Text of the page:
What Does Lonzo Ball's Torn Meniscus Mean For His Future?
Is Lonzo's Meniscus tear likely new or old?
Lonzo Ball, reportedly has a torn meniscus in the same knee that was injured at the All-Star Break as well as at the end of the year. Reports back in March state he had a contusion to the knee after an MRI was obtained. Reports out of the NBA now report that he has a meniscus tear that will likely require surgery. Medically, that brings up quite a few questions regarding his previous diagnosis of contusion. It is certainly possible that he had a small tear in the past but it was felt that he could finish the season. I have seen this type of course of action if the athlete is believed to have a subtle tear on the outer edge of the meniscus which may not be causing significant pain or swelling and can be given a chance to heal on its own. On the other hand it is possible that he has sustained a new injury that we aren't aware of at this time. My guess is the MRI was not clear cut about a definitive tear and they opted to treat with a wait and see approach. If it is a new injury it typically occurs as a non-contact injury with a planted foot on the ground. Another type of meniscus tear, called a degenerative tear, can occur over time due to wear and tear in the knee joint. Although it is unlikely that someone as young as Lonzo would develop a degenerative meniscus tear.
Where do we go from here?
In general, the recommendation for a meniscus tear varies depending upon the type of tear, location of the tear and the age of the patient. If the tear is large and the patient is younger, the surgeon will likely attempt to repair the meniscus and allow it to heal. Younger patients have a much better chance of the meniscus healing after a repair than older patients. On the other hand, if the tear is small or the patient is older, then the surgeon will likely remove the torn part of the meniscus. The procedure for removal of the torn portion of the meniscus is called a meniscectomy. On rare occasions, if the tear is very small and on the edge of the meniscus, a conservative non-operative approach can be considered.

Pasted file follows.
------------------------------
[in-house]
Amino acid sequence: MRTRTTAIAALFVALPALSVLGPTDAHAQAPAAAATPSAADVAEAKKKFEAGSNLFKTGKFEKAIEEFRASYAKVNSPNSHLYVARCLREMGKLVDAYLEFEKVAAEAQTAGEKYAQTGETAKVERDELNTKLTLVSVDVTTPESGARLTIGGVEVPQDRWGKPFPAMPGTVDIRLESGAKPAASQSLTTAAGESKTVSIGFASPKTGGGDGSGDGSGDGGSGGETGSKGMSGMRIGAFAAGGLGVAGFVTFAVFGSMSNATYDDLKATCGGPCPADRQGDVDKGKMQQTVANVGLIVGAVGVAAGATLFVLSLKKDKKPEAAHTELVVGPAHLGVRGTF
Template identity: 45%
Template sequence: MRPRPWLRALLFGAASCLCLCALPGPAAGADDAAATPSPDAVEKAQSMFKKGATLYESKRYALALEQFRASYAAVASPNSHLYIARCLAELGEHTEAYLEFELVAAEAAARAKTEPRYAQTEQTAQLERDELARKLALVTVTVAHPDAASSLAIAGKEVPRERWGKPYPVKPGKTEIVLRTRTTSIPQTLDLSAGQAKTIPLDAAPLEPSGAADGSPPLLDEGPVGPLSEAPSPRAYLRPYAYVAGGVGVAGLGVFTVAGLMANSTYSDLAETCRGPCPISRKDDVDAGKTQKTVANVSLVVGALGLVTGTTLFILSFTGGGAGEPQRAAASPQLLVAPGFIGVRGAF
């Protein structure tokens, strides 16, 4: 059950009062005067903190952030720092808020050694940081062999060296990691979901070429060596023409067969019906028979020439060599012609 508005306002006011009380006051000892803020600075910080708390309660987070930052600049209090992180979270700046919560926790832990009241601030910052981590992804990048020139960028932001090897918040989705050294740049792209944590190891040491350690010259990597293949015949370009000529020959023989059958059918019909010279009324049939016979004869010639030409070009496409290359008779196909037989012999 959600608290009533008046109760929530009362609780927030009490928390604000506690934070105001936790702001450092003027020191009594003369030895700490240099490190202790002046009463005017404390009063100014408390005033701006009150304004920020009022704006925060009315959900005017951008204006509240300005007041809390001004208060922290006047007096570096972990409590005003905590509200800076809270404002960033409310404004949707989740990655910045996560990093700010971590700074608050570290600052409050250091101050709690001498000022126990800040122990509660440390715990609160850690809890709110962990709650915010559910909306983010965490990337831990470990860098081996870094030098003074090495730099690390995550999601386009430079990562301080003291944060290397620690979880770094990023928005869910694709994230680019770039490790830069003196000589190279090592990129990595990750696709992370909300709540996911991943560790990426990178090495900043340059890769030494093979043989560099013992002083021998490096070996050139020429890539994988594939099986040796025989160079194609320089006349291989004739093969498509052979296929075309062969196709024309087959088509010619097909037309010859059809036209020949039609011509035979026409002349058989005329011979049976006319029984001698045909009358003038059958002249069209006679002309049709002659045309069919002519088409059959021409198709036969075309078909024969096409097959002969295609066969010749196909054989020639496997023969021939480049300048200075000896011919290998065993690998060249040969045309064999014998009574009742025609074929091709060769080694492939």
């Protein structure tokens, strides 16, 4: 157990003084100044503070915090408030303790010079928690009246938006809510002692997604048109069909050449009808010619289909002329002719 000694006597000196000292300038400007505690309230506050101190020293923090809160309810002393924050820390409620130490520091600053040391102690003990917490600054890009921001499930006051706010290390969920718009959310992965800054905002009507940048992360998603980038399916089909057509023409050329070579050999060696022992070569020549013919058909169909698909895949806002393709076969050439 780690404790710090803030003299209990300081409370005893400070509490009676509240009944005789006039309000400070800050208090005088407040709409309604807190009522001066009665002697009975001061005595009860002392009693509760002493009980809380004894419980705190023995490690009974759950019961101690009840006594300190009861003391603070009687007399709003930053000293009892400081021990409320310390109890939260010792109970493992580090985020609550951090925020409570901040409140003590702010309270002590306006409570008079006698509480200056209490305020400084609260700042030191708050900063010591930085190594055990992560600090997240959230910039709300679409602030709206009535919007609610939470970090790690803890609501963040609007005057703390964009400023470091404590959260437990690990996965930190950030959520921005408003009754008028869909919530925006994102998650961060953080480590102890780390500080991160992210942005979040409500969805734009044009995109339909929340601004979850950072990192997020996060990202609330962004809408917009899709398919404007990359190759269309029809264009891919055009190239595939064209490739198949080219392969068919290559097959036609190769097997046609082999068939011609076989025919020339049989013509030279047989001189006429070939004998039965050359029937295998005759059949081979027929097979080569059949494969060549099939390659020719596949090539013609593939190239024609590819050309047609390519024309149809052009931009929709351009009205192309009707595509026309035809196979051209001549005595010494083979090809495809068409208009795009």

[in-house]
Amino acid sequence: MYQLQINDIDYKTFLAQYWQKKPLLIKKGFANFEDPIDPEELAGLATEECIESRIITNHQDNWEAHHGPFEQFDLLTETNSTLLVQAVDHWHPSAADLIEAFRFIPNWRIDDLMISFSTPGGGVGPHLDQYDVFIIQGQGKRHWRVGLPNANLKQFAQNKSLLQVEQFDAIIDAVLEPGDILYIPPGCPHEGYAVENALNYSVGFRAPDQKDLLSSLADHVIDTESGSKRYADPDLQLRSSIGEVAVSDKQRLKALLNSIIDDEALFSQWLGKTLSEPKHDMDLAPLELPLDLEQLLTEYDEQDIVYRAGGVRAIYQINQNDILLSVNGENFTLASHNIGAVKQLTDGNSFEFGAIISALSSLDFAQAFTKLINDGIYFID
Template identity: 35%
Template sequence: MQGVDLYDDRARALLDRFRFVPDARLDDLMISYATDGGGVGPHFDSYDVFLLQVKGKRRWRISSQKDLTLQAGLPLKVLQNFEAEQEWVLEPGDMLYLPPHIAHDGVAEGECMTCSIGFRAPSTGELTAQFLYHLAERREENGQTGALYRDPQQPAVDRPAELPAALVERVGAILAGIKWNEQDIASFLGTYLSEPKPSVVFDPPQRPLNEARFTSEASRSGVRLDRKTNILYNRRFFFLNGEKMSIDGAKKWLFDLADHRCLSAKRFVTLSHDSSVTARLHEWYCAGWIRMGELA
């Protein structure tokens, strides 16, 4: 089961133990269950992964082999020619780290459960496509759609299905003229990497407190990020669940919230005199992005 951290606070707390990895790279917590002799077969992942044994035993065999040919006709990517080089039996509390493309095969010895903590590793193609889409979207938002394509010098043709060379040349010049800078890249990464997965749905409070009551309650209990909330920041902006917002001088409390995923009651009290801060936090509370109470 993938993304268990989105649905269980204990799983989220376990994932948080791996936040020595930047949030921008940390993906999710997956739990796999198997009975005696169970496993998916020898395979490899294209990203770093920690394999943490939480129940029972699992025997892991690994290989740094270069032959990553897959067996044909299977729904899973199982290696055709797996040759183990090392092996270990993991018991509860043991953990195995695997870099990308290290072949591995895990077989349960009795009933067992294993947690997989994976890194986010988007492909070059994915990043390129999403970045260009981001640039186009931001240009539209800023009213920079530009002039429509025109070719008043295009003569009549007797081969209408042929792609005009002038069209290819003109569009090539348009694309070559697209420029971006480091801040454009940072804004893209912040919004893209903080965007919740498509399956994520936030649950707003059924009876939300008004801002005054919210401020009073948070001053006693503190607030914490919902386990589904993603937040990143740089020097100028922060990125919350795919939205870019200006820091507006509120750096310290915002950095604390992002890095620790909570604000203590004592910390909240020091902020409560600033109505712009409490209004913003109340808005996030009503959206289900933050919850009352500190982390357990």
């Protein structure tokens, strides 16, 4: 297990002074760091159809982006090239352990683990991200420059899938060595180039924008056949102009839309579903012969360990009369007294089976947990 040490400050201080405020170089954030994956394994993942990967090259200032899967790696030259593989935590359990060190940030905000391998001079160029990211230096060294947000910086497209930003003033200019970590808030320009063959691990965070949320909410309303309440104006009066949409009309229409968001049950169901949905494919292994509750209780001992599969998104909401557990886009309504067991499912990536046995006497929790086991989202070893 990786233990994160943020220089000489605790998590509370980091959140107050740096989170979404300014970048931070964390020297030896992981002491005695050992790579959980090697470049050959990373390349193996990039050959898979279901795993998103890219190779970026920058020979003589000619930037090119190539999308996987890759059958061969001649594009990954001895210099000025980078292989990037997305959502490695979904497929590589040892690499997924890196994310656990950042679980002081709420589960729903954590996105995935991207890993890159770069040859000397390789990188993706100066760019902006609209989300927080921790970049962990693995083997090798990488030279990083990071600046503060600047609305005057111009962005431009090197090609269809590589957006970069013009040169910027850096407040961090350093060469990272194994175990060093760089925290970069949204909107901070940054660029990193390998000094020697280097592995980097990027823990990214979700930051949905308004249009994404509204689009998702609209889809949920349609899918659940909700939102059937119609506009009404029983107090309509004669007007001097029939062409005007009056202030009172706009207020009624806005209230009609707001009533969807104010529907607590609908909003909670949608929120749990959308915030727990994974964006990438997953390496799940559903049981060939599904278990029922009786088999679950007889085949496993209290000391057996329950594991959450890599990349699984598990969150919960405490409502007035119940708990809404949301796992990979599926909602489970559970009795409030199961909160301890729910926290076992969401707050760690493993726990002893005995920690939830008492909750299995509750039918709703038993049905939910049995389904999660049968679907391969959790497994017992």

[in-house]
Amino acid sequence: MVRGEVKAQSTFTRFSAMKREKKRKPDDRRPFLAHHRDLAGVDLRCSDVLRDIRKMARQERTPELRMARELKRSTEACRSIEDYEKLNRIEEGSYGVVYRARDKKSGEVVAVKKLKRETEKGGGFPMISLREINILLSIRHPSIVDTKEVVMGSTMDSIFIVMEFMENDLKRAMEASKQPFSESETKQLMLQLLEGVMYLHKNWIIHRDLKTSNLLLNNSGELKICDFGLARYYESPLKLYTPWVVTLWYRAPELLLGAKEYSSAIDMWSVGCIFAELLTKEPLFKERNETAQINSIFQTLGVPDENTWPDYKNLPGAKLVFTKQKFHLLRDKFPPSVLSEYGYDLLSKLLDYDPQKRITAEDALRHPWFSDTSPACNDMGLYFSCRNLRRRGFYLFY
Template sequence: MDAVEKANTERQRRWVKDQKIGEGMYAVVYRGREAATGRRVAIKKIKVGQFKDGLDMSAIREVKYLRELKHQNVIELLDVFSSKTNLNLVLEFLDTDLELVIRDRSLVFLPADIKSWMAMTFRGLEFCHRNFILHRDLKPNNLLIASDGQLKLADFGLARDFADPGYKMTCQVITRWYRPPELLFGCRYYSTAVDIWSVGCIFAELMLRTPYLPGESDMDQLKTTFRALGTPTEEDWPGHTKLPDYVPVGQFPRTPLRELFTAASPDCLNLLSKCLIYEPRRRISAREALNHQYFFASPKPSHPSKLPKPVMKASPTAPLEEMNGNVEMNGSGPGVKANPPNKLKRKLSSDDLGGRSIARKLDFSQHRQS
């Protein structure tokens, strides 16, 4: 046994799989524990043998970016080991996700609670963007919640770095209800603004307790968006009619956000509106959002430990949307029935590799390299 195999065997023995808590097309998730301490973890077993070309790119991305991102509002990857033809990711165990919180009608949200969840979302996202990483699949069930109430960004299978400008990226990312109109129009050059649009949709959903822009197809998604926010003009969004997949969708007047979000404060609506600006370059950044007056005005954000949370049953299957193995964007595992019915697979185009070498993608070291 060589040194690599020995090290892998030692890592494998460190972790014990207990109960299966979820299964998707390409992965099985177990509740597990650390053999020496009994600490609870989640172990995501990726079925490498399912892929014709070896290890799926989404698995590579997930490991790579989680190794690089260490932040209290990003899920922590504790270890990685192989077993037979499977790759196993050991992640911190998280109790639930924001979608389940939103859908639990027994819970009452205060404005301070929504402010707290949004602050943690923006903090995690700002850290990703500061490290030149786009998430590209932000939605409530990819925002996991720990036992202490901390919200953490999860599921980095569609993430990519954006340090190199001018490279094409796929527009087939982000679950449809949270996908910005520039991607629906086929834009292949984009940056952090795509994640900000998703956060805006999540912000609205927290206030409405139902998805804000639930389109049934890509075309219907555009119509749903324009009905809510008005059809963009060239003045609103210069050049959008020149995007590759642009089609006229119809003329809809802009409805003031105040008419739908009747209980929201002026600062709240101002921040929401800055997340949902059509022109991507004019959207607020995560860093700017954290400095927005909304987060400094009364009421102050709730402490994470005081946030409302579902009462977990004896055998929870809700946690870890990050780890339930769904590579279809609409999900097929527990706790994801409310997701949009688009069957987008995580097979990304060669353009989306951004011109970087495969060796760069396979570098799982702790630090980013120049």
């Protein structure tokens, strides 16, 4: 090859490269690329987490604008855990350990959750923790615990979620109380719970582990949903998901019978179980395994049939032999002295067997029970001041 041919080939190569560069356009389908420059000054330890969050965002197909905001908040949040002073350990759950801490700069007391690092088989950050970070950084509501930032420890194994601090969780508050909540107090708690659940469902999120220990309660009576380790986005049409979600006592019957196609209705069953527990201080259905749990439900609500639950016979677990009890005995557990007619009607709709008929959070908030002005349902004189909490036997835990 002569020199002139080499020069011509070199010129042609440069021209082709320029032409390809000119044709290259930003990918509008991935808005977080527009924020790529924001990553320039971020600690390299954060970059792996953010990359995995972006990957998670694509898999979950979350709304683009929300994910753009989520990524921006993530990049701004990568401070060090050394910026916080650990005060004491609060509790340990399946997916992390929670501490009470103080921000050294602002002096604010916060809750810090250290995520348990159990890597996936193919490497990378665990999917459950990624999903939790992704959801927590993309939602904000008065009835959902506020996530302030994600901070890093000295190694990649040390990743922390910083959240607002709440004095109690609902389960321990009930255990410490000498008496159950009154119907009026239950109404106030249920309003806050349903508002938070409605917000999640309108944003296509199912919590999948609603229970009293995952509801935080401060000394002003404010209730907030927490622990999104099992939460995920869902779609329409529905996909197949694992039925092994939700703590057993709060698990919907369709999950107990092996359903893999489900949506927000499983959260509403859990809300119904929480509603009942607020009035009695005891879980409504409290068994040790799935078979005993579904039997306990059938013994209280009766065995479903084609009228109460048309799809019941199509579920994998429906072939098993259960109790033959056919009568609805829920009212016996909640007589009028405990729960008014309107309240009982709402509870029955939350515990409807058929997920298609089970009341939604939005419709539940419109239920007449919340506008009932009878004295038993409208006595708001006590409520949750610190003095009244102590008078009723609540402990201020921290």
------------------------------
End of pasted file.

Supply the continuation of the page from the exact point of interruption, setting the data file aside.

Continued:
When can we expect Lonzo to be ready?
If Lonzo is treated with meniscectomy surgery is expected to be able to return back to full activity in about 4 to 6 weeks. Some surgeons may have an even more aggressive protocol and may return an athlete even sooner. On the other hand, if he undergoes surgery to repair the meniscus, typically he will returned back to play at 3 months. Therefore, either way he will be ready for training camp, no matter what team he is on. It is important to recognize that even though a repair would require a longer recovery time, it may be more beneficial to his future. The current data demonstrates that the more meniscus that is removed, the higher the risk for developing arthritis in the future. Although it may sound tempting to opt for the meniscectomy in order to significantly reduce down time, it may not be the best choice. If repair of the meniscus is possible and appropriate for the situation, it should definitely be considered to protect the long term health of the knee.